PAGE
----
Humility the Tenth Step

The tenth step of humility is that you are not given to ready laughter, for it is written: Only a fool raises his voice in laughter (Sir 21:23).

Humility the 10th Step

Ceramic plate from the Sisters' personal collections.

At first glance, Benedict’s disapproval of laughter makes him appear to be an ill-tempered spoilsport who wants us to be glum too. But rather, Benedict wants us to be serious about our humor. He is not opposed to all laughter, but to specific kinds of laughter that are opposed to humility. Loud and boisterous laughter may come from a desire for attention and may interrupt and impose itself on others.  The ready expression of laughter that Benedict speaks of may come without awareness of its source or possible impact on others. And some kinds of humor harm others and are not funny. For Benedict, humor should be used for love.

Unfortunately, laughter is sometimes used at the expense of another person– laughing at a person rather than with him or her. Sarcasm and irony are forms of humor that are sometimes used as weapon to hurt others; the word sarcasm comes from a Greek word meaning “to tear flesh.” It employs words with a literal meaning different from the intended or underlying message. This allows the speaker to claim innocence when the recipient protests, and then accuse him or her of misunderstanding or hypersensitivity: Can’t you take a joke? I was speaking facetiously.

 Other inappropriate uses of humor are vulgar and cheap jokes and put-downs. Sometimes when we hear humor employed this way, we respond with an uneasy laughter, perhaps afraid and unsure of how to challenge the speaker. We may cover up an uncomfortable situation with a false humor to avoid speaking directly and honestly. Do we even know why we are laughing? Do we recognize when something is hurtful and not funny?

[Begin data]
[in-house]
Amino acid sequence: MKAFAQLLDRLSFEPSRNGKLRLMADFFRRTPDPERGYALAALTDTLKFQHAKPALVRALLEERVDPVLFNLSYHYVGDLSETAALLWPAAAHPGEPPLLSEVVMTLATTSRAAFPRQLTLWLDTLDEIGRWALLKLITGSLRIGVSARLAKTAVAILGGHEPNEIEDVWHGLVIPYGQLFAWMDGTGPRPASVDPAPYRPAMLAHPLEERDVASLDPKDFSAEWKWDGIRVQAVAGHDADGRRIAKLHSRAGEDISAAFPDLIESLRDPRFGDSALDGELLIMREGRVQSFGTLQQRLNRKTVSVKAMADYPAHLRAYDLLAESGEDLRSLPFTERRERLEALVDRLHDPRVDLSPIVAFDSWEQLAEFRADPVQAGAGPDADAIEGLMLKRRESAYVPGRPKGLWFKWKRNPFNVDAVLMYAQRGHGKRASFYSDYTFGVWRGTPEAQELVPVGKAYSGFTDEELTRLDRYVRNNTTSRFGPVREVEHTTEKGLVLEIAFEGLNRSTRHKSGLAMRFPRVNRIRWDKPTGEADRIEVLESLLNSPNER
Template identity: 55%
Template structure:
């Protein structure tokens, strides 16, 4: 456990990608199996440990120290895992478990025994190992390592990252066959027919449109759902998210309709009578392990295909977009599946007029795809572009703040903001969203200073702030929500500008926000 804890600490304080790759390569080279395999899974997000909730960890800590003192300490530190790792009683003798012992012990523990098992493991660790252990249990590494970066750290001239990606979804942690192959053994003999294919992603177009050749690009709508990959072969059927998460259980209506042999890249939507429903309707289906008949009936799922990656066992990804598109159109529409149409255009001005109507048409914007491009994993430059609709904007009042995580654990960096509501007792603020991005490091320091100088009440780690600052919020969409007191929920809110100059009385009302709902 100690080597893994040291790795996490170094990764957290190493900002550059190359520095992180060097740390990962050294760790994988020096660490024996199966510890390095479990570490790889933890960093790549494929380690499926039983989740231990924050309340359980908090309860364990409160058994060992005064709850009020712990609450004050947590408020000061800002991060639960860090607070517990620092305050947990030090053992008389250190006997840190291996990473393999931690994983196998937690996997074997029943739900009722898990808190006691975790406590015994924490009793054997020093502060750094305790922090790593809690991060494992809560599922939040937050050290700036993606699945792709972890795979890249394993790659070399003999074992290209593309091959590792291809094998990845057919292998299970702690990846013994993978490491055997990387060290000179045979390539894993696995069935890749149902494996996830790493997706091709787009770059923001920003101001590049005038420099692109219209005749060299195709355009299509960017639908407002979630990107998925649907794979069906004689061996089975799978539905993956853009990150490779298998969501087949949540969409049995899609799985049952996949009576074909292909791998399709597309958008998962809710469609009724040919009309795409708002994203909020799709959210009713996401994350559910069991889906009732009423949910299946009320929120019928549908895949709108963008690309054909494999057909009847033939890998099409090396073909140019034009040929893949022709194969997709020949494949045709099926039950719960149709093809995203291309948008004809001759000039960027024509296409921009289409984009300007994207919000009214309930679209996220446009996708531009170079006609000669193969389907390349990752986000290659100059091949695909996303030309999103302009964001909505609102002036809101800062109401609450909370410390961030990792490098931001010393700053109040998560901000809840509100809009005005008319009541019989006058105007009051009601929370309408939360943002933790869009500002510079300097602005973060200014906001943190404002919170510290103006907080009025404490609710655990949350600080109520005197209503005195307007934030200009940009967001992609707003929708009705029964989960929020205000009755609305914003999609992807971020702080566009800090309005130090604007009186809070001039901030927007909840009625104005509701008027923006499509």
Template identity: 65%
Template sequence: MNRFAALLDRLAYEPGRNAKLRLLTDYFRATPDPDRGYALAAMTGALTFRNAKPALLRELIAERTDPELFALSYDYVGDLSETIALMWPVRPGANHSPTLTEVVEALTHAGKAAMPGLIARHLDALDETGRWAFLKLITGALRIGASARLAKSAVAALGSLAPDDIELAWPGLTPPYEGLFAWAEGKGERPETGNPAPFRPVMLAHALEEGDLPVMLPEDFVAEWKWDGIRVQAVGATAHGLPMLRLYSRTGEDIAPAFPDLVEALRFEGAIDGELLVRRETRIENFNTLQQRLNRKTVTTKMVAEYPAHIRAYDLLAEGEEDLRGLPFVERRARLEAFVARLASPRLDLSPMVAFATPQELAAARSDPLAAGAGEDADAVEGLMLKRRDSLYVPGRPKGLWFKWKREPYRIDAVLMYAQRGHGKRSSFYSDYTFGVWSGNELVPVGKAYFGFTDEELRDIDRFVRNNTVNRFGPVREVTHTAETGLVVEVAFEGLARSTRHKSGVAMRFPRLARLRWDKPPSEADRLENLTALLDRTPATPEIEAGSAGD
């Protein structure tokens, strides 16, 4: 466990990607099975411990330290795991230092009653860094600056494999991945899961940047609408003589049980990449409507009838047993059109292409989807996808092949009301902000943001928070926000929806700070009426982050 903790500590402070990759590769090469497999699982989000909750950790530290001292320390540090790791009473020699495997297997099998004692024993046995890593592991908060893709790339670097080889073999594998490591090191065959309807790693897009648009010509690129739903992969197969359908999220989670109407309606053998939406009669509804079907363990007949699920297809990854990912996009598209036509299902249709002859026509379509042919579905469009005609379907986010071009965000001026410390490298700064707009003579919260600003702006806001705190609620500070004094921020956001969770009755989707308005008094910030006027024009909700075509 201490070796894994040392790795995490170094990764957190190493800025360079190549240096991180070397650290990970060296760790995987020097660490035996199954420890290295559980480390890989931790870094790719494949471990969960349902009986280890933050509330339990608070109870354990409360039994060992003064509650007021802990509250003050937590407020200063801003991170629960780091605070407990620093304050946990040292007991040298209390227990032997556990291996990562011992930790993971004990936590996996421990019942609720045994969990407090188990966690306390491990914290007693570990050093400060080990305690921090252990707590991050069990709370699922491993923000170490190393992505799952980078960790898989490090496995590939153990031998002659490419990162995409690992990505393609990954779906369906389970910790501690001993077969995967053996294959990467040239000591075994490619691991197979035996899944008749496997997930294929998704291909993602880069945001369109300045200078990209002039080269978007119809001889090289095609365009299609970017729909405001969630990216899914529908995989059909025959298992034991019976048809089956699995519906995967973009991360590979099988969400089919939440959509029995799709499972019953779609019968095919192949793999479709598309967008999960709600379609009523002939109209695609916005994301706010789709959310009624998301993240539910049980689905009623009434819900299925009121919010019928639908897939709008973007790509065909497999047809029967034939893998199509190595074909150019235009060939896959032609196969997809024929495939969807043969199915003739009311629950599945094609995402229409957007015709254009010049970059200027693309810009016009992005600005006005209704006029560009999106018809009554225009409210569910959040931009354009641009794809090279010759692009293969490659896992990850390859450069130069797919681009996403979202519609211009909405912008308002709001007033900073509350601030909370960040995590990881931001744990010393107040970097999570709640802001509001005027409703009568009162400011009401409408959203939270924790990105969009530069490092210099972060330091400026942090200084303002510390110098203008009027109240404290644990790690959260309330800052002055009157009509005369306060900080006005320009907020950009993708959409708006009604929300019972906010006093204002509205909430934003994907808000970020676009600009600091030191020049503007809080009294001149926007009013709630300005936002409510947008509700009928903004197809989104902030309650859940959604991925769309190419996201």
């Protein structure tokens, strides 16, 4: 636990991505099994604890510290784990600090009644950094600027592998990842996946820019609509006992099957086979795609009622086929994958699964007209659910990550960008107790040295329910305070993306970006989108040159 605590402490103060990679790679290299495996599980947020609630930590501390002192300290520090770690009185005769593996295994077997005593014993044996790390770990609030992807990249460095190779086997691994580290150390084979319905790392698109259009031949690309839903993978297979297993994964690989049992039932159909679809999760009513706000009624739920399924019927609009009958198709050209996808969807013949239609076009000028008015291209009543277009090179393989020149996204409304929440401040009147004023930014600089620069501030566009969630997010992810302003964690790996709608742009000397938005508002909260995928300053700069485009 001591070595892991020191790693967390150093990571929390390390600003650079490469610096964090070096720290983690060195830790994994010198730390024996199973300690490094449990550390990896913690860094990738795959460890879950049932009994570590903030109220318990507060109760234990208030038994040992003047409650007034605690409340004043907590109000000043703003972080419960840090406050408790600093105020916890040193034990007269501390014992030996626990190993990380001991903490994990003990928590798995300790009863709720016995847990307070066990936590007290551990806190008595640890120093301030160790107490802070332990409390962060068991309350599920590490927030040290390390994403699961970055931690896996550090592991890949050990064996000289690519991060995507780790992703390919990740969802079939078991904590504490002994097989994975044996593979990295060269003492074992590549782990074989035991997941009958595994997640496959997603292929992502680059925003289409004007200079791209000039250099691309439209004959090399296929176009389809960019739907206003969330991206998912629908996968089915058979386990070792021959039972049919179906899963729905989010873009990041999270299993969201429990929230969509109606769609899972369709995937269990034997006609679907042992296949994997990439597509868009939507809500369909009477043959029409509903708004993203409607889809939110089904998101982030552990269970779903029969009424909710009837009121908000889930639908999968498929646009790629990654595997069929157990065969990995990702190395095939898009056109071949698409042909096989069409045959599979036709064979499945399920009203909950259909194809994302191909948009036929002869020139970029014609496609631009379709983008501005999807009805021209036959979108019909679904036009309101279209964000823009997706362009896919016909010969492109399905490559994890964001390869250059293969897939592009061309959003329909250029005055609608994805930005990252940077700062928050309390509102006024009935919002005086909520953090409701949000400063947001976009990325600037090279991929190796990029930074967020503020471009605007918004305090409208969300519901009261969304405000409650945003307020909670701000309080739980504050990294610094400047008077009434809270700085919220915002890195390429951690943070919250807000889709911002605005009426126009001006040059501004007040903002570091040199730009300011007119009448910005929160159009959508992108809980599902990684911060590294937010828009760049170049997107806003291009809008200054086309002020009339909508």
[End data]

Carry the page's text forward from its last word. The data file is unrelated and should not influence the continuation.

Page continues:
In step ten, Benedict is telling us to be serious about our humor, and to use it for love, not harm. Although laughter can be misused inappropriately, it can also be used for good. It has the potential to make us feel good and enjoy life and one another. When we share laughter with others, good feelings are spread, and our relationships are strengthened. This kind of laugher is an audible and visible expression of joy, and a sign of a humble heart.

Humility Step 10Another humble kind of humor that Benedict would approve of is the ability to laugh at yourself. This shows self-awareness of your weaknesses and an ability to learn from mistakes. When you can laugh at yourself, you are mindful of God’s grace and mercy. Imagine God’s loving laughter joining in to laugh with you, not at you, and imagine God’s joy, knowing that you are learning and forgiving yourself.

Cultivating humility within our hearts can help us use humor for love rather than for harm.

Humility helps us to be sensitive to the feelings of others. This awareness helps us to monitor and restrain our speech to avoid the kind of joking or jesting around that may hurt others.  We become more conscious about what causes us to laugh and what underlies our attempts to make humorous remarks. Humility may even give us the courage to speak up and challenge an inappropriate comment that is not funny.

In chapter 72, Benedict speaks of good zeal, an unfeigned, pure, and humble love that we can show one another. When we use our humor with good zeal, we are laughing with humility.

Humility frees our hearts to be open to joy and to be more loving with ourselves, with others, and with our God. The joys of laughter and humor are a gift from God, and they are even better when shared with others.

Invitation:  May your laughter be an expression of shared love and joy for others.

Humility the 10th Step


Sister Jacqueline Leiter, OSB is a member of St. Paul’s Monastery (since 2003).  She is an educator (most recently working in Saint Paul Public Schools), an artist, and serves on the Leadership Team as Treasurer (since 2019).